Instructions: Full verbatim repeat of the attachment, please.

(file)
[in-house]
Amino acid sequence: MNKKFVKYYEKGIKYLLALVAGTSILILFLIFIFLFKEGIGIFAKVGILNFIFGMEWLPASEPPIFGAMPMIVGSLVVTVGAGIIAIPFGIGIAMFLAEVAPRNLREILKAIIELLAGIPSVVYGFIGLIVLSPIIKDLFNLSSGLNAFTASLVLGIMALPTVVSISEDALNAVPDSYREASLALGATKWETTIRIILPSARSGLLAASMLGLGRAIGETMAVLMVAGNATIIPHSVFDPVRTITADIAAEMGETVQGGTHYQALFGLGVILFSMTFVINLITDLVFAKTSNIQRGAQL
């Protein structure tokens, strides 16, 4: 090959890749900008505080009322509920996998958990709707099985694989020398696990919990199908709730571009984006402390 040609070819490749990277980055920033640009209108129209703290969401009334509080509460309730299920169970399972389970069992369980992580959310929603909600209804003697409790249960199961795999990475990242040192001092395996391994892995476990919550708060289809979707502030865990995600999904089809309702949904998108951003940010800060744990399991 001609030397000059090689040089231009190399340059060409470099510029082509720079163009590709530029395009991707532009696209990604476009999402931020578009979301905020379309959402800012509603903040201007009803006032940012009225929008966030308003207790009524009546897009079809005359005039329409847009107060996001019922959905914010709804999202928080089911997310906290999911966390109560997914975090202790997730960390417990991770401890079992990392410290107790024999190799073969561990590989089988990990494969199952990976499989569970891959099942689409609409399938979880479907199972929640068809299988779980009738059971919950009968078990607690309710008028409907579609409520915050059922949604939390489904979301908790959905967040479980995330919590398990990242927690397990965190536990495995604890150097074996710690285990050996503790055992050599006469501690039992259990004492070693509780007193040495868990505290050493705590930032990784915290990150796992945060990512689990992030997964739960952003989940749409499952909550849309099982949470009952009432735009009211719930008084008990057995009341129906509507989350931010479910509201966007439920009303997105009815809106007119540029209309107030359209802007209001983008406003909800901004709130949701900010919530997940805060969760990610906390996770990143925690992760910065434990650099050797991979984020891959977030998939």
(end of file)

[in-house]
Amino acid sequence: MNKKFVKYYEKGIKYLLALVAGTSILILFLIFIFLFKEGIGIFAKVGILNFIFGMEWLPASEPPIFGAMPMIVGSLVVTVGAGIIAIPFGIGIAMFLAEVAPRNLREILKAIIELLAGIPSVVYGFIGLIVLSPIIKDLFNLSSGLNAFTASLVLGIMALPTVVSISEDALNAVPDSYREASLALGATKWETTIRIILPSARSGLLAASMLGLGRAIGETMAVLMVAGNATIIPHSVFDPVRTITADIAAEMGETVQGGTHYQALFGLGVILFSMTFVINLITDLVFAKTSNIQRGAQL
């Protein structure tokens, strides 16, 4: 090959890749900008505080009322509920996998958990709707099985694989020398696990919990199908709730571009984006402390 040609070819490749990277980055920033640009209108129209703290969401009334509080509460309730299920169970399972389970069992369980992580959310929603909600209804003697409790249960199961795999990475990242040192001092395996391994892995476990919550708060289809979707502030865990995600999904089809309702949904998108951003940010800060744990399991 001609030397000059090689040089231009190399340059060409470099510029082509720079163009590709530029395009991707532009696209990604476009999402931020578009979301905020379309959402800012509603903040201007009803006032940012009225929008966030308003207790009524009546897009079809005359005039329409847009107060996001019922959905914010709804999202928080089911997310906290999911966390109560997914975090202790997730960390417990991770401890079992990392410290107790024999190799073969561990590989089988990990494969199952990976499989569970891959099942689409609409399938979880479907199972929640068809299988779980009738059971919950009968078990607690309710008028409907579609409520915050059922949604939390489904979301908790959905967040479980995330919590398990990242927690397990965190536990495995604890150097074996710690285990050996503790055992050599006469501690039992259990004492070693509780007193040495868990505290050493705590930032990784915290990150796992945060990512689990992030997964739960952003989940749409499952909550849309099982949470009952009432735009009211719930008084008990057995009341129906509507989350931010479910509201966007439920009303997105009815809106007119540029209309107030359209802007209001983008406003909800901004709130949701900010919530997940805060969760990610906390996770990143925690992760910065434990650099050797991979984020891959977030998939």